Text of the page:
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A second setback for KBR: Motion to Dismiss Burn Pit cases rejected

By Amanda Halter / Doyle Raizner LLP

Amanda Halter Doyle Raizner 286x300 A second setback for KBR: Motion to Dismiss Burn Pit cases rejectedMilitary personnel injured by the poisonous fumes emanating from burn pits in Iraq and Afghanistan had a victory yesterday when United States District Judge Roger Titus rejected KBR’s Motion to Dismiss their lawsuits.

As they have repeatedly in other lawsuits, sometimes successfully and sometimes not, KBR argued that it need not answer in the courts for its actions harming Americans in Iraq and Afghanistan.

Specifically KBR argued that the courts have no jurisdiction to hear the burn pit cases because they present a “political question” that must be be left to the other branches of government.  In a second defense, KBR argued that the company was essentially functioning as the government (even though KBR and its subsidiaries are private corporations making oodles of money off of American taxpayers) and therefore entitled to the same immunity from suit as the government under a creative theory of “derivative sovereign immunity.”  Finally, they argued that they could not be sued because they were engaged in “combatant activities.”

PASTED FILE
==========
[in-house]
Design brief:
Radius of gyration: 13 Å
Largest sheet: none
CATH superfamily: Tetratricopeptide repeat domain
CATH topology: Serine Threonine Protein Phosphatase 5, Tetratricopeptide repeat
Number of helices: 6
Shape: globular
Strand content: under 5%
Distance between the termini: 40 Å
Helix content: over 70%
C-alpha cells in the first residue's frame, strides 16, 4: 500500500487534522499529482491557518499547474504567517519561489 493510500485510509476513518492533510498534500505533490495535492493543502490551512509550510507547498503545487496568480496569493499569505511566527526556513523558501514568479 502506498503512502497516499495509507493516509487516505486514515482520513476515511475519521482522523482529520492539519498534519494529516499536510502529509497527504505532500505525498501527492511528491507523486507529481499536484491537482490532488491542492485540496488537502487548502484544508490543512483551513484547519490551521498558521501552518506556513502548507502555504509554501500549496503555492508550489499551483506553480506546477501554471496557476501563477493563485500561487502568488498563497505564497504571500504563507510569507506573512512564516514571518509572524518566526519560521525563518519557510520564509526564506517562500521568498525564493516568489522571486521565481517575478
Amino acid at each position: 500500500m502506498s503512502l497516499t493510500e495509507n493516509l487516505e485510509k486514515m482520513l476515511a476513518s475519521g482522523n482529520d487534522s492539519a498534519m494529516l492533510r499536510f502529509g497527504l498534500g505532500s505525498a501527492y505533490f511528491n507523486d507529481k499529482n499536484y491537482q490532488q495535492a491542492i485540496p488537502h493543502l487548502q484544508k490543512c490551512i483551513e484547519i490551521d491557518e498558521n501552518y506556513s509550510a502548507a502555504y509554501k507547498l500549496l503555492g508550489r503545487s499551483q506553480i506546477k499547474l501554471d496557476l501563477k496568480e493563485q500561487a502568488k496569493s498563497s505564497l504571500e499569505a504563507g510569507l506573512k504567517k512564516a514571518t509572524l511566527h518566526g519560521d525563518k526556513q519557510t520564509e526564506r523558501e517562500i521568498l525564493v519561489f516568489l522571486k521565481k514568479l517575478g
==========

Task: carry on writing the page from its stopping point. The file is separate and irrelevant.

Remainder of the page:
In declining to rule in KBR’s favor, the court noted that KBR’s defensive arguments are in tension with the concerns of “soldiers and civilians injured from wartime logistical activities performed by hired hands allegedly acting contrary to military-defined structures.”  Moreover, “Courts must be prepared to adjudicate cases that ultimately expose defense contractors to appropriate liability where it is demonstrated that they acted outside the parameters established by the military and, as a result, failed to exercise proper case in minimizing the risk to service members and civilians.”

The court’s decision paves the way for the plaintiffs to proceed with carefully limited discovery.  The court did, however, leave open the possibility for KBR to raise its defenses again after discovery, so this will not be the last time KBR claims that it need not answer to American citizens in American courts.

Still, this is a meaningful victory for the many burn pit victims and is the second time in recent weeks that KBR has suffered a litigation setback.  On August 30, 2010, a federal district judge in Oregon rejected KBR’s immunity arguments in a suit by several American soldiers injured at the Qarmat Ali Water Treatment Plant in Iraq where KBR knowingly exposed them to the potent human carcinogen, sodium dichromate.

Short URL: http://kbrlitigation.com/?p=603

Posted by Doyle Raizner llp on Sep 9 2010. Filed under Blog, Burn Pit Blog, Burn pit lawsuits. You can follow any responses to this entry through the RSS 2.0. You can leave a response or trackback to this entry

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